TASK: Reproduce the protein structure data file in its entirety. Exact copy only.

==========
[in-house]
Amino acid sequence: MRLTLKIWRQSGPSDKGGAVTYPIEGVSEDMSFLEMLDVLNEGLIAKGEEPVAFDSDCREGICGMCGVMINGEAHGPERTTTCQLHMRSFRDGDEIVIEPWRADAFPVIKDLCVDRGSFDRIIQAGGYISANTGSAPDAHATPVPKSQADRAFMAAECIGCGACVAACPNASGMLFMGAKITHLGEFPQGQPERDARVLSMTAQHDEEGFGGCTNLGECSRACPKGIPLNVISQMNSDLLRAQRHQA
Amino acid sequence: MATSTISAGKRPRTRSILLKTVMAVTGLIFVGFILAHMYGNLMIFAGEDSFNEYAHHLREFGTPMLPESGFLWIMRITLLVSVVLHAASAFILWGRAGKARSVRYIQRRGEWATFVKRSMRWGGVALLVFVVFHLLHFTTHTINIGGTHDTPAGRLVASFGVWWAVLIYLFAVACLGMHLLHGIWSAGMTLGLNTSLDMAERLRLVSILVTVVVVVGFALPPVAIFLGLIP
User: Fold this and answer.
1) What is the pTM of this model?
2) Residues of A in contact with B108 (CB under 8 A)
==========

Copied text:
[in-house]
Amino acid sequence: MRLTLKIWRQSGPSDKGGAVTYPIEGVSEDMSFLEMLDVLNEGLIAKGEEPVAFDSDCREGICGMCGVMINGEAHGPERTTTCQLHMRSFRDGDEIVIEPWRADAFPVIKDLCVDRGSFDRIIQAGGYISANTGSAPDAHATPVPKSQADRAFMAAECIGCGACVAACPNASGMLFMGAKITHLGEFPQGQPERDARVLSMTAQHDEEGFGGCTNLGECSRACPKGIPLNVISQMNSDLLRAQRHQA
Amino acid sequence: MATSTISAGKRPRTRSILLKTVMAVTGLIFVGFILAHMYGNLMIFAGEDSFNEYAHHLREFGTPMLPESGFLWIMRITLLVSVVLHAASAFILWGRAGKARSVRYIQRRGEWATFVKRSMRWGGVALLVFVVFHLLHFTTHTINIGGTHDTPAGRLVASFGVWWAVLIYLFAVACLGMHLLHGIWSAGMTLGLNTSLDMAERLRLVSILVTVVVVVGFALPPVAIFLGLIP
User: Fold this and answer.
1) What is the pTM of this model?
2) Residues of A in contact with B108 (CB under 8 A)